Replacing Alternator on a Volvo XC90 V-8

Jan 2020 | 0 comments

Alternators have been charging vehicle batteries for many years, and charging systems have changed through the years as well. We will talk about one specific model, the Volvo XC90 V-8 engine type.

Top side of V-8 Volvo engine
Top side of V-8 Volvo engine

It’s important to note that 2003-2004 V-8 models use a self-regulating alternator in which the current and voltage regulation systems are built into the alternator unit. Starting in 2005, the regulation is controlled by the ECU. The regulators are still inside of the alternator, but the current and voltage output are now controlled by the ECU instead of internally in the alternator.

Starting in 2011, Volvo P3 vehicles have a Battery Monitoring Sensor (BMS). This sensor is located on the battery negative terminal and monitors the current flow in and out of the battery. The information is sent from the BMS to the CEM.

All the information regarding battery charge level is stored in the CEM. The BMS is always monitoring battery status. This is the reason, when connecting a battery charger, the ground cable should be connected to an engine ground point.

BMS sensor at negative battery cable

Be careful not to mix up years and alternators. A different alternator will fit and charge, but you might get an error message: a red triangle warning “POWER SYSTEM SERVICE URGENT,” and a battery light because the ECU cannot communicate with the alternator. The alternator will continue to function normally and will charge the battery, but you will still get the warning messages. It’s just a good idea to put the correct alternator in the vehicle so that it works properly.

Once you have determined the alternator is not charging enough, or maybe it’s over charging, here is the procedure to remove the unit and replace.

Start by letting the car sit for at least five minutes after you take the key out. This allows the ECM to store any running parameters and go into a safe state so you can disconnect the power. The battery is in the back. You will need to uncover and disconnect it, starting with the negative cable. While the battery is disconnected, hook up a battery charger and make sure the battery is fully charged.

On Volvo 2007 XC90 V-8 models, the new alternator for this vehicle is Volvo part number 36000791. Make sure to have the correct part for the vehicle you’re working on.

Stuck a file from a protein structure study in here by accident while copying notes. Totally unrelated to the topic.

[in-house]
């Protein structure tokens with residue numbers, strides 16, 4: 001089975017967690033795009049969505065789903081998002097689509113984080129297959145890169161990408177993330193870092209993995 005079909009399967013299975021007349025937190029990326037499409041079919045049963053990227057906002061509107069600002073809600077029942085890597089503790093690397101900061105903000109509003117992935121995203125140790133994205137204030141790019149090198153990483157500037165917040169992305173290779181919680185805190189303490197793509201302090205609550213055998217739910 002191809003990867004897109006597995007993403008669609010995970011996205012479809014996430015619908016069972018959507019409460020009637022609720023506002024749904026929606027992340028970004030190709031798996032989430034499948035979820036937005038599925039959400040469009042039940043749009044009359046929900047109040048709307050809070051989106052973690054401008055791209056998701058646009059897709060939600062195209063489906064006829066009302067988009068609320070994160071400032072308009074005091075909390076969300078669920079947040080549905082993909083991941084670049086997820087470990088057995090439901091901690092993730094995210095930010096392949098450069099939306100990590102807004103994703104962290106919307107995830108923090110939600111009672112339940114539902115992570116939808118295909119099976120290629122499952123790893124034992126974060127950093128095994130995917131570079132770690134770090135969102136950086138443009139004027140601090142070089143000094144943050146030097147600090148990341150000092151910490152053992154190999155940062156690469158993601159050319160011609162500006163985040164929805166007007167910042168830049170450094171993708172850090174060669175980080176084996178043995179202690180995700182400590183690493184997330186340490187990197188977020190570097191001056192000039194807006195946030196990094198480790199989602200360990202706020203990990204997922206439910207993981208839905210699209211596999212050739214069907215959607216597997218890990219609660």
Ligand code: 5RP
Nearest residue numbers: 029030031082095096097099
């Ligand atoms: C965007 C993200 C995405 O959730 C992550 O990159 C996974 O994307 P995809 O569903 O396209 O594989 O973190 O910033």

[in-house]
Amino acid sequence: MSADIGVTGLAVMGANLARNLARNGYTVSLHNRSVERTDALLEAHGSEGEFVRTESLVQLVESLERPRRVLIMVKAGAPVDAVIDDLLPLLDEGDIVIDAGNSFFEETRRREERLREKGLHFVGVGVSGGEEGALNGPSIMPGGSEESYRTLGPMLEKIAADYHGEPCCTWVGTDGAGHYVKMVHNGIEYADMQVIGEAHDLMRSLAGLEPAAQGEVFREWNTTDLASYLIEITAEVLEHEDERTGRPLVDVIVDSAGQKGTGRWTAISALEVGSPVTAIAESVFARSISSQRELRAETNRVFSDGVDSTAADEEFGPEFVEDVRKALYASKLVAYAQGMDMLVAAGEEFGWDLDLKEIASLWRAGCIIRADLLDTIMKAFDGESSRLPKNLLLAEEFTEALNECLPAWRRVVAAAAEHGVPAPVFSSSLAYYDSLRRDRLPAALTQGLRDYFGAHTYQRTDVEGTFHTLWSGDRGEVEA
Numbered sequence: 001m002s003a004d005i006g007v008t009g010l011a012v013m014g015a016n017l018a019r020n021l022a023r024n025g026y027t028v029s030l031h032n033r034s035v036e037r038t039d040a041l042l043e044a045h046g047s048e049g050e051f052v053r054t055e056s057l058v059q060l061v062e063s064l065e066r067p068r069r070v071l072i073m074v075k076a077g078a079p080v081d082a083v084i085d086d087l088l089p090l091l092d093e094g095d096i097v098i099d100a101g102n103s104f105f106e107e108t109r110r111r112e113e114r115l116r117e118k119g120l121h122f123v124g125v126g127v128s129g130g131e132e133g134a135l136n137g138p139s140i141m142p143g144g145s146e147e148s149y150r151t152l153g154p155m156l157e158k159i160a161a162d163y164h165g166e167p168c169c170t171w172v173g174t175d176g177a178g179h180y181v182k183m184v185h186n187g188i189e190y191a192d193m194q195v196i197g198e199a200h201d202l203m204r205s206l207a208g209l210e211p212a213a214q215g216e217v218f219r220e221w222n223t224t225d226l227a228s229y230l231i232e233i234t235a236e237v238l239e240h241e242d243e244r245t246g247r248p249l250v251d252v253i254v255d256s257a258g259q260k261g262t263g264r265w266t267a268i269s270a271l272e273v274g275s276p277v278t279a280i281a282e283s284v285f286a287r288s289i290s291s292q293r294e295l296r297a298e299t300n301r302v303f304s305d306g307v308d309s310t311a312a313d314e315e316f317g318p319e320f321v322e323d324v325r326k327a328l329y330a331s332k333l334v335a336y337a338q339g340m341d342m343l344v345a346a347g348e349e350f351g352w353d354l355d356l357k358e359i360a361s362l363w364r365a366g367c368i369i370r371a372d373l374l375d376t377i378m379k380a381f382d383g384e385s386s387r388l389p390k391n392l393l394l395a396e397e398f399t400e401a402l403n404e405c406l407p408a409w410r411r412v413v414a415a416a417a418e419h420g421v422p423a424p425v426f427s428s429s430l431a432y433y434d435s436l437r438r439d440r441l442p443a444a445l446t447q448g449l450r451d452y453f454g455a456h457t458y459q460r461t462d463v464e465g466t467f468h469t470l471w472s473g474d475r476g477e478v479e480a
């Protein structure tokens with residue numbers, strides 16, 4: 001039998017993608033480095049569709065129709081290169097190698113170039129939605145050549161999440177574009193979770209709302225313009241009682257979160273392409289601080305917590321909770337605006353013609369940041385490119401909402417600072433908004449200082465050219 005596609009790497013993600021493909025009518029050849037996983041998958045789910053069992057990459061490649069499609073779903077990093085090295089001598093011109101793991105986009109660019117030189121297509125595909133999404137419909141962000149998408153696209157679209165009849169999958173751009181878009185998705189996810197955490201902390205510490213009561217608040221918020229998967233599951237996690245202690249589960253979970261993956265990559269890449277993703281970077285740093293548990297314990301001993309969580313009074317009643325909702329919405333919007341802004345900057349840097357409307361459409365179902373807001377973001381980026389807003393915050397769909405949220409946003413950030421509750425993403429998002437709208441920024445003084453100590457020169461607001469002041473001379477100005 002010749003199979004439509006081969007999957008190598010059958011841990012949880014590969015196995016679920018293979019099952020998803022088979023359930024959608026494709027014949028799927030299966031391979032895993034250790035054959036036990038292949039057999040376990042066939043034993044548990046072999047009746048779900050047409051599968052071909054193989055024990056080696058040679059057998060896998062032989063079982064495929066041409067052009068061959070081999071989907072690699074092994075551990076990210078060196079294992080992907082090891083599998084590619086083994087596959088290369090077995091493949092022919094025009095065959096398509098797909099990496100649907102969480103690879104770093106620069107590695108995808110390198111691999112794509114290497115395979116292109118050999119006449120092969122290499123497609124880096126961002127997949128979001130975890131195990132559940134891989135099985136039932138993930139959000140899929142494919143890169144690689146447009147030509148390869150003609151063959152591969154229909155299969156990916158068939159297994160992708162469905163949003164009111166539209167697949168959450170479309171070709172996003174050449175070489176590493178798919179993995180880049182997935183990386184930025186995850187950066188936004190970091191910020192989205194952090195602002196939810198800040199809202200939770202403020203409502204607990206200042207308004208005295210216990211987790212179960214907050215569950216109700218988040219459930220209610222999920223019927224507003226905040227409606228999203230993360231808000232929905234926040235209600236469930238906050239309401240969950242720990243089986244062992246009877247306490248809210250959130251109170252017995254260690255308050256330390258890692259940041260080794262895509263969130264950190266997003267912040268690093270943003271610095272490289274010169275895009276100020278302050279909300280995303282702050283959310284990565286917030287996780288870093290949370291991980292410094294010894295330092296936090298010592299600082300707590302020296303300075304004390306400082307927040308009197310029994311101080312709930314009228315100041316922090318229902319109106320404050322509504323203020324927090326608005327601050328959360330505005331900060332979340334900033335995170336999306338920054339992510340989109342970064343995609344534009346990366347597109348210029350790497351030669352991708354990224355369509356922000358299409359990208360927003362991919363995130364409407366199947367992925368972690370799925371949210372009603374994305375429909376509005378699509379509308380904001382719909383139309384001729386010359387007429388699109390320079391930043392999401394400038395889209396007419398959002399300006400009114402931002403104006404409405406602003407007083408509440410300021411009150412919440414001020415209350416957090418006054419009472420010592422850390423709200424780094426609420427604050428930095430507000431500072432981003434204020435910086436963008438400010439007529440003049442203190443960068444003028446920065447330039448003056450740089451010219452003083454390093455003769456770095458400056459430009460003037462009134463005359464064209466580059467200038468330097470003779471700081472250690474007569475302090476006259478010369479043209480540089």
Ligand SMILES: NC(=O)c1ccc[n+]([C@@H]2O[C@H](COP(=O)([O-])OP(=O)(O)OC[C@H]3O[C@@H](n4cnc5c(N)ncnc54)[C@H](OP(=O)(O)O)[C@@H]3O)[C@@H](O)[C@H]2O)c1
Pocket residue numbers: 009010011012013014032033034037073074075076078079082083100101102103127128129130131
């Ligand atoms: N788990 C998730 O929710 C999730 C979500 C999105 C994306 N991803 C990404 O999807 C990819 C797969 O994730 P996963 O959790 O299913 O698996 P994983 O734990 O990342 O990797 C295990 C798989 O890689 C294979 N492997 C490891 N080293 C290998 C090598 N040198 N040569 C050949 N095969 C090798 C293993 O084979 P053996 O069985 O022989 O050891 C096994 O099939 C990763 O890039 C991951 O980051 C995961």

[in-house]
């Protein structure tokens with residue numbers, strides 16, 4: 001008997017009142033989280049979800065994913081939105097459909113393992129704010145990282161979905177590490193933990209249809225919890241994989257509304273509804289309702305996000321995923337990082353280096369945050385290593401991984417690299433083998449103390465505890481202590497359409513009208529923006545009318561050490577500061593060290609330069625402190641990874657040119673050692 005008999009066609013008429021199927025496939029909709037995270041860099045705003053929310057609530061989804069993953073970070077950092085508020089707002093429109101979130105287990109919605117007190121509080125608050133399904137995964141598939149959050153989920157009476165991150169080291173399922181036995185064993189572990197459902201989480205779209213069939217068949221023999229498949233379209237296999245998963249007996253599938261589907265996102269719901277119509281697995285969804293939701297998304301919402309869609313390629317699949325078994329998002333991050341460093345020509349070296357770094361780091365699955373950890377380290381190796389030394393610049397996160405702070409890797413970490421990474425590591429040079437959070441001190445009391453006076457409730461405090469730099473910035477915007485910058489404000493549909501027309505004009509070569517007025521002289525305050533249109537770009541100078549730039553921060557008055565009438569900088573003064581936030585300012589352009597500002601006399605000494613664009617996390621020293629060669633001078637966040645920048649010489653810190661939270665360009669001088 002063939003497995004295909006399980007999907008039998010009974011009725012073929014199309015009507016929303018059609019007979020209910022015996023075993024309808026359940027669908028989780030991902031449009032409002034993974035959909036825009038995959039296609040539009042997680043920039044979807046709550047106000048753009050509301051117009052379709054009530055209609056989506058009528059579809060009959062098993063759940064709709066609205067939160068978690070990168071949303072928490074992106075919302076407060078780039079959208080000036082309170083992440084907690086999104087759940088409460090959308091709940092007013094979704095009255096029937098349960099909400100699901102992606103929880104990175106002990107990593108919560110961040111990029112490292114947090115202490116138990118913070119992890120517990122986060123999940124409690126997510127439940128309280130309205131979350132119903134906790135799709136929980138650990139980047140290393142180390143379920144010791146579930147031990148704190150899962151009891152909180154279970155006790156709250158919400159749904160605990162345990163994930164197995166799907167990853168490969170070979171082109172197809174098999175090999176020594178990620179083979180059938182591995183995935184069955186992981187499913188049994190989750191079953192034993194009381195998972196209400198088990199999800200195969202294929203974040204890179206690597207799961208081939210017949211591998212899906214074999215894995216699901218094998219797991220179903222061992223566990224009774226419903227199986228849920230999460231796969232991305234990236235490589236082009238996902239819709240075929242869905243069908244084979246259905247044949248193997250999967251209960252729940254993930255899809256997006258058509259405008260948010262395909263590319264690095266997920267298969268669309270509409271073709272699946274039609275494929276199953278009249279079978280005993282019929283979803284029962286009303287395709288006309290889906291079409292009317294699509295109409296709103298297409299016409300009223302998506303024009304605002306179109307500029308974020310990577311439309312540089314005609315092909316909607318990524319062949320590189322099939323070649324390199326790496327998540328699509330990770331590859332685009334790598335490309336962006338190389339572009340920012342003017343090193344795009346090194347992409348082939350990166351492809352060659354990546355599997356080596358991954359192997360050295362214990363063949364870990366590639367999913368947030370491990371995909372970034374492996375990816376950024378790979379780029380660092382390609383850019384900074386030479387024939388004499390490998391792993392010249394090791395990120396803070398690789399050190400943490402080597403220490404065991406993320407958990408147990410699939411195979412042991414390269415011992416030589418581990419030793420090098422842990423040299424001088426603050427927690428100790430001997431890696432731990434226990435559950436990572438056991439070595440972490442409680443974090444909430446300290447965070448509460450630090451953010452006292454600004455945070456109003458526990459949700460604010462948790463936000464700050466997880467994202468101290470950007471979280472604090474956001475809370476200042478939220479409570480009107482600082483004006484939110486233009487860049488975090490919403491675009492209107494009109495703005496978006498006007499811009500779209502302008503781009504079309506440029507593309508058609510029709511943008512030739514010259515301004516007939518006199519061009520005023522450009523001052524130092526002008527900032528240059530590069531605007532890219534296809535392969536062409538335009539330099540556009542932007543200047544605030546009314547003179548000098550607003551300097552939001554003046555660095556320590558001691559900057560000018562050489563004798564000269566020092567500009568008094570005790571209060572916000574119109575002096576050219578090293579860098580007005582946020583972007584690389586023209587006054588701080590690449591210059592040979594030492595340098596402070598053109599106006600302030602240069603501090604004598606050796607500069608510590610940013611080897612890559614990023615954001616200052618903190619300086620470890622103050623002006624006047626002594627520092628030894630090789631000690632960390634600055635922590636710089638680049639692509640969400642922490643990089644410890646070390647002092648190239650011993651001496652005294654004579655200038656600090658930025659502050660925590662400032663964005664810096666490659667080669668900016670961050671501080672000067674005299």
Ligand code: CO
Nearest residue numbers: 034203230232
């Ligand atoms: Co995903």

Step 1: Remove front passenger side wheel

Since the V-8 engine is so crammed into the engine compartment, the alternator is somewhat difficult to reach. It is installed at the bottom behind the passenger side front wheel close to the firewall.

The first step is to remove the wheel so you can access the panel and components behind it. Raise the vehicle on a hoist or make sure the vehicle is jacked up and on a secure jack stand. After the wheel is off, the plastic inner fender well will need to be taken off. Remove a series of plastic flange nuts so the lower component cover can be removed. Remove the nuts and then remove the panel.

Plastic panel in wheel area

Step 2: Disconnect suspension components

Now take a look at the hub assembly. There is an axle nut on the front that needs to be taken off. Remove this, the outer tie rod, and the sway bar link. Spray them down thoroughly with a penetrating lubricant first to make the job easier. The joints may rotate in the socket, so you might need to improvise something to take the nut off. It will also help to jack up the entire hub assembly with a floor jack to make it much easier to remove the sway bar link connection to the strut body.

Step 3: Remove axle

With the linkages removed, it’s now time to remove the axle from the hub assembly. Make sure the ABS sensor and the brake lines are out of the way. Unbolt the brackets and tuck them away. Remove the ball joint nut and use tool number 9997076 to pull down on the control arm and remove the ball joint. Another way to remove the axle is to remove the two bolts that hold the strut assembly to the hub assembly. This will also give you room to remove the axle.

Turn the hub assembly hard to the left all the way as if you were making a hard left turn, and then get a punch with a flat point. Put the punch where you removed the axle nut and lightly tap with the hammer to remove the axle from the hub assembly. You may need to play with the hub angle and vary the pressure on the axle to get it to pop out.

Before the axle will come out from the transaxle willingly, the axle bearing cradle has to be removed. It’s a lot easier than it sounds. Follow the axle into the car until you come across a U-shaped piece bolted in at two opposite points. Remove the bolts and give it a firm whack with a drift and rubber mallet and it will come off.

Now, jack up the hub assembly again as if you were removing the sway bar link bolt, firmly grab the axle with both hands, and give it a firm tug. The axle will pop out of the transaxle. You will need to maneuver around with the hub and the axle to get it out. You will be able to remove it without removing the lower ball joint, it will just take some time and some effort to get it out. Remove the jack that’s holding up the hub assembly.

Step 4: Remove drive belt and alternator

This is the most difficult part of the job. See the alternator hidden up there? Disconnect the fuel lines at the valve cover firewall side. The lines use quick connectors. Be sure to clean up any kind of fuel spill.

With the vehicle on the hoist, raise it and remove the two screws that hold the fuel lines in place. Now disconnect the two lines at the bottom of the vehicle and remove the lines and set aside. Before you remove the three bolts, you will need to disconnect the wiring harnesses to the alternator.